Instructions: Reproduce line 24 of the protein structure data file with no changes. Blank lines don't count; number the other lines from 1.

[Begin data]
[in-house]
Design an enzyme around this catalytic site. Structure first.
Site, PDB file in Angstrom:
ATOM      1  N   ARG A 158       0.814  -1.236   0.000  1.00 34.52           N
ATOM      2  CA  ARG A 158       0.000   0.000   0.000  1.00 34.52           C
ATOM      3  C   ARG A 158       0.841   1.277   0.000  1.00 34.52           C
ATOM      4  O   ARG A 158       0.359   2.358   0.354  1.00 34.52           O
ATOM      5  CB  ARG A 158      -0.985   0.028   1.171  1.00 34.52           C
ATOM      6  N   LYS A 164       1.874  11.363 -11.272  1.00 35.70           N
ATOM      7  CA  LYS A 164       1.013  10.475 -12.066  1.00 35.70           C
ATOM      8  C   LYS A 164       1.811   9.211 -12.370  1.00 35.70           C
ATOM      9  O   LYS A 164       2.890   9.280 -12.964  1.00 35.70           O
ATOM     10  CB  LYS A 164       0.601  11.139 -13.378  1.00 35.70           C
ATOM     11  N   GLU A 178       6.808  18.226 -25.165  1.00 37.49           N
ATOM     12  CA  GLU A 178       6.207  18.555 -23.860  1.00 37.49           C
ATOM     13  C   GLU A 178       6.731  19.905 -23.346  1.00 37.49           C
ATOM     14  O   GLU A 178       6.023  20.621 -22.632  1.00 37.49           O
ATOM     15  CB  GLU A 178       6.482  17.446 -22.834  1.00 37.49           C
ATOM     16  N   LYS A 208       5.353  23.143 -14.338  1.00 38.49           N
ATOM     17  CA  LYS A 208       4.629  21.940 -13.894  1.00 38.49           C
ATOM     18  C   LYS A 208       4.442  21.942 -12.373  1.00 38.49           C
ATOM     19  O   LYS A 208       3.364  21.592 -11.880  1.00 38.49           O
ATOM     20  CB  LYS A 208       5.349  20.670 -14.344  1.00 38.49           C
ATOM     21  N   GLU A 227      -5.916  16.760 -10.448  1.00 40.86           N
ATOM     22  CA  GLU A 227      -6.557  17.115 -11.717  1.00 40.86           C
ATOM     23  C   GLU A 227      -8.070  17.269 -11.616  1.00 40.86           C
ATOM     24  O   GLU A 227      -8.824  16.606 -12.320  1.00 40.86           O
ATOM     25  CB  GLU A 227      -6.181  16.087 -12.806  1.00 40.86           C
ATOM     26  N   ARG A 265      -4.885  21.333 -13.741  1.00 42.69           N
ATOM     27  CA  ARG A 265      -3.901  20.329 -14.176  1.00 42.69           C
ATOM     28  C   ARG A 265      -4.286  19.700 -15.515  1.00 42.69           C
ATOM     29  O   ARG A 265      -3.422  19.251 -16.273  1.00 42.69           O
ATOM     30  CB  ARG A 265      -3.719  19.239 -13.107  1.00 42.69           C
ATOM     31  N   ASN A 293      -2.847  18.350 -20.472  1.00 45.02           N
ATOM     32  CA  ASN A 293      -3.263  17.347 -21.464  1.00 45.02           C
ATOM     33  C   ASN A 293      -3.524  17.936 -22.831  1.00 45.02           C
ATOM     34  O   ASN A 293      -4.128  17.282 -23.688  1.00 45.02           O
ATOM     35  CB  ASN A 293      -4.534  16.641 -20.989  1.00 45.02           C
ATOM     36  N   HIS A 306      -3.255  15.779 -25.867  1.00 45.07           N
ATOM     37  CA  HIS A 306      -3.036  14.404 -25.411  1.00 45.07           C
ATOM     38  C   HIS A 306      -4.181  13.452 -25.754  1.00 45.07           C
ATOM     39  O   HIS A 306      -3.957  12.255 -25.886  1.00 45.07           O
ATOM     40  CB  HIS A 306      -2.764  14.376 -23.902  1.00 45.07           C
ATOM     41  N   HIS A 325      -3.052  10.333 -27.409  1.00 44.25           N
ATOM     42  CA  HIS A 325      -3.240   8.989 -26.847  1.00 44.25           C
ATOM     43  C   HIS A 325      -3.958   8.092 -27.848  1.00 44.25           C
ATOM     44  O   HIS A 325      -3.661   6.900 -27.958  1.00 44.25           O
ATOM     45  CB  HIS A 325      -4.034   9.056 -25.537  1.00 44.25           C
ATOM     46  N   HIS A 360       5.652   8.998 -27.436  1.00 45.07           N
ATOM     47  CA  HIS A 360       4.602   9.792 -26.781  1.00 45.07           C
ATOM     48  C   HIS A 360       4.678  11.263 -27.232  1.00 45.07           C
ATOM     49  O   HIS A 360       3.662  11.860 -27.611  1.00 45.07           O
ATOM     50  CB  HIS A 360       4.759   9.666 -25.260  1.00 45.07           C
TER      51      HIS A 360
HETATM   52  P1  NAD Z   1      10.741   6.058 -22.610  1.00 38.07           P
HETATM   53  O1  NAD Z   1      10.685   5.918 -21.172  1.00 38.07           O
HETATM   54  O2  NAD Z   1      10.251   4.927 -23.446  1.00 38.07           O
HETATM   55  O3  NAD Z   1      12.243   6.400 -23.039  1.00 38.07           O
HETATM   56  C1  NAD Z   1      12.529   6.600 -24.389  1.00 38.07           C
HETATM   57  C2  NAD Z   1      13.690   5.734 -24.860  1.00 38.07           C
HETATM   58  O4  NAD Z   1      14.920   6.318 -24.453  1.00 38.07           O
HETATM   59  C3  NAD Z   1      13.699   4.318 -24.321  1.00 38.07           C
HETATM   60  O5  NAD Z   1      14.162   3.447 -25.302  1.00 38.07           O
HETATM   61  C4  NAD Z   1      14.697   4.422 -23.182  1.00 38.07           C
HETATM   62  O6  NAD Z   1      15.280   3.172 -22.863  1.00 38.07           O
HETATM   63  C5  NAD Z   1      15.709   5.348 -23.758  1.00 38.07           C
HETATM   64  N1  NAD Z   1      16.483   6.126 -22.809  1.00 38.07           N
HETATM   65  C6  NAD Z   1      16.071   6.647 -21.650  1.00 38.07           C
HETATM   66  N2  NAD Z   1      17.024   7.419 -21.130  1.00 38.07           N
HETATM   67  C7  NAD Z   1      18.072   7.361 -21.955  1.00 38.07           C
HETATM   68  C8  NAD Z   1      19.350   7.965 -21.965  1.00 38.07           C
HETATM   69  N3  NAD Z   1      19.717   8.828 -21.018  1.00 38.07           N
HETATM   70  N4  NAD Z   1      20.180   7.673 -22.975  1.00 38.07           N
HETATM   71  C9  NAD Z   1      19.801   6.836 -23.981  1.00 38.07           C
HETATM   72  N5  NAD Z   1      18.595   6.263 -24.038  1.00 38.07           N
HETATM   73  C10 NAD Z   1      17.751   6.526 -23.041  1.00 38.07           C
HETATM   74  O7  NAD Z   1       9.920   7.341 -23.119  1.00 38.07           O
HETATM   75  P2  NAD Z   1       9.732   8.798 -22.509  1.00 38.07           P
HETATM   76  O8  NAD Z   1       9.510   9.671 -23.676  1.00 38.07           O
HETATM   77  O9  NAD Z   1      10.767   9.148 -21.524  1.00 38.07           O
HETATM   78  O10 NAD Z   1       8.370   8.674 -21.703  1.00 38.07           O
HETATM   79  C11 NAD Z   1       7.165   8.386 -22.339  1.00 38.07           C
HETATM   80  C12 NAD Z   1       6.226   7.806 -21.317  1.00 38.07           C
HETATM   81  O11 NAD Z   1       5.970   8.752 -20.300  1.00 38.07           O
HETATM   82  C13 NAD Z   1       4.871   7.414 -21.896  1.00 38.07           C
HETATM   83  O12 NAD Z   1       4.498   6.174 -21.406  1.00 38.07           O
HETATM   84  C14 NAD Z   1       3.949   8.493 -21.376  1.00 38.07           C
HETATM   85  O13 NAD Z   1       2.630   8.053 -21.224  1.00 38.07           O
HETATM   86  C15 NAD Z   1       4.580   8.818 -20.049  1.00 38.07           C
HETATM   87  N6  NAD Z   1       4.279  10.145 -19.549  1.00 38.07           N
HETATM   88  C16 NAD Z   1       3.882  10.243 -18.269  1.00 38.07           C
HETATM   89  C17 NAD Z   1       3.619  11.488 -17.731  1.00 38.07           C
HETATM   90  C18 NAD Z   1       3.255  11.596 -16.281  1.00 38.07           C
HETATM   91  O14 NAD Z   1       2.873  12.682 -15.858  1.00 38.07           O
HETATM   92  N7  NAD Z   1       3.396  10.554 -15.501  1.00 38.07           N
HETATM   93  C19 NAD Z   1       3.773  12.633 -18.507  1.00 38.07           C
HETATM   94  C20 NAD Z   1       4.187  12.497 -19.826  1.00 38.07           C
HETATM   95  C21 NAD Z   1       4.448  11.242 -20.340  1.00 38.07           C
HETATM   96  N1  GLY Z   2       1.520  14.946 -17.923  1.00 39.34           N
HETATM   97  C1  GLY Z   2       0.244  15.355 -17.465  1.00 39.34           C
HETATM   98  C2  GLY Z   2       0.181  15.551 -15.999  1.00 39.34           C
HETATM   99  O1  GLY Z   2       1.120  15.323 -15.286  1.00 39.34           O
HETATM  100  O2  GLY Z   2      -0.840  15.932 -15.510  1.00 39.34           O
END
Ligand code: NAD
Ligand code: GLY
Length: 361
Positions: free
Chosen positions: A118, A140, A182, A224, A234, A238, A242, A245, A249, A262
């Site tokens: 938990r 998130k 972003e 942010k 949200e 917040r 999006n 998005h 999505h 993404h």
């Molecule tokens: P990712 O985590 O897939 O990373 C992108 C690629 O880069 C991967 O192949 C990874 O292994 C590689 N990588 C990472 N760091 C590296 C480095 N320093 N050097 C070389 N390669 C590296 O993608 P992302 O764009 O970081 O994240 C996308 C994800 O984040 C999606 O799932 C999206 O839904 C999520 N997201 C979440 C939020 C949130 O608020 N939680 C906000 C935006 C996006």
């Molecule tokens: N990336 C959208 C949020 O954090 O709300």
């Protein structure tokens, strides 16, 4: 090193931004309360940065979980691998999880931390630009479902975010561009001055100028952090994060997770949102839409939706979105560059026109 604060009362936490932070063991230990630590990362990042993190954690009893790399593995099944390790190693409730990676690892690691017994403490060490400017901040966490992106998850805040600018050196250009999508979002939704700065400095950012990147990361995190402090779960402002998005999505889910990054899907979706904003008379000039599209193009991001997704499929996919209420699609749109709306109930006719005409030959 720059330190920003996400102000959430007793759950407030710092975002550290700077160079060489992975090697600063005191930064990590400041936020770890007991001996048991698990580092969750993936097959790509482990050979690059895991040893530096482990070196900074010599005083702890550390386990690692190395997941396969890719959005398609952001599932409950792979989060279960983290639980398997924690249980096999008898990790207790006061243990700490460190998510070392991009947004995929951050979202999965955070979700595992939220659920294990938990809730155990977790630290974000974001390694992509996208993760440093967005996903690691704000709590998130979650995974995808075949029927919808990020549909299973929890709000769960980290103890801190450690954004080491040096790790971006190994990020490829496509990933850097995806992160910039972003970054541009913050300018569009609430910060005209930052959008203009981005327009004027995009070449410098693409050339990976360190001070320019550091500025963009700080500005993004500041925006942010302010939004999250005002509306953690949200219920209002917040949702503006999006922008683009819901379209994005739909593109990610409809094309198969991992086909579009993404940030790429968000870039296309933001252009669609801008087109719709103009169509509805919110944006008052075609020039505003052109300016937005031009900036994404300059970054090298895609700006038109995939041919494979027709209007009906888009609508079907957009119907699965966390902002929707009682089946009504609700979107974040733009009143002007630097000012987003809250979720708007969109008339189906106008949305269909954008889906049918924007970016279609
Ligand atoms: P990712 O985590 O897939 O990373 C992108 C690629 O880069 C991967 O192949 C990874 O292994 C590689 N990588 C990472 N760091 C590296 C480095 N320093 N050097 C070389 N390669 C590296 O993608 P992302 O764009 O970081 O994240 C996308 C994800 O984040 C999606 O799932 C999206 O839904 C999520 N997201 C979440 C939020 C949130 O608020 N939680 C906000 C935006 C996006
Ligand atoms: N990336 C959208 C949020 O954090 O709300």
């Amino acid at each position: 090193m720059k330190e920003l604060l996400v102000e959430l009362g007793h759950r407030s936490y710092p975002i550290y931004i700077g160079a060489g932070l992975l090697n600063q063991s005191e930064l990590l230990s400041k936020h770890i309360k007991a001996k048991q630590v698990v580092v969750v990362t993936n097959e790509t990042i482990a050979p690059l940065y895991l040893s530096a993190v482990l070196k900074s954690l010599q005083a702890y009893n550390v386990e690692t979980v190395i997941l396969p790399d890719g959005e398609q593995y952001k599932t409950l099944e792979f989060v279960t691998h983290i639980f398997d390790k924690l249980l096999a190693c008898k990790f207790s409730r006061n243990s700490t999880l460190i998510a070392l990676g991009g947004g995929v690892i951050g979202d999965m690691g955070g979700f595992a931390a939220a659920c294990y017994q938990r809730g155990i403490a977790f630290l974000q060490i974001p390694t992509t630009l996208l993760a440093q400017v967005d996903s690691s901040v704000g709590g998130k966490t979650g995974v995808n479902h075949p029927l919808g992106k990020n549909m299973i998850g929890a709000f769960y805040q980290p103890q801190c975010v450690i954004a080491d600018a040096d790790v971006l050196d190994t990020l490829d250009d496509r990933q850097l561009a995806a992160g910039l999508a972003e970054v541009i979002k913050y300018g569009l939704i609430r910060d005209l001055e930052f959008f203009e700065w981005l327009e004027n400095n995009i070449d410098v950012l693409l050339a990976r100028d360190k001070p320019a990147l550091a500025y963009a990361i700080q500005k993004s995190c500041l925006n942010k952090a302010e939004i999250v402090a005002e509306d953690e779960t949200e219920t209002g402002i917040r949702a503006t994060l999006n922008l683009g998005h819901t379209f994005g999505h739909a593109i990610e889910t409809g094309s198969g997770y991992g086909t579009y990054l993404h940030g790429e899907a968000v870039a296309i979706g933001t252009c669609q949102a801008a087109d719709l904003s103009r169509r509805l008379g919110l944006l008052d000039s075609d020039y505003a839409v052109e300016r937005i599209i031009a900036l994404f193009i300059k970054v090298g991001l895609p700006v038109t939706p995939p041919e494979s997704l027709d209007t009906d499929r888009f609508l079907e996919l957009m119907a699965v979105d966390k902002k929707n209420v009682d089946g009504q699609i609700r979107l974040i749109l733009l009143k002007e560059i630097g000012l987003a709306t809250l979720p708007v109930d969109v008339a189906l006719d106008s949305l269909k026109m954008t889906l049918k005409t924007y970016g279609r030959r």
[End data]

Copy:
ATOM     21  N   GLU A 227      -5.916  16.760 -10.448  1.00 40.86           N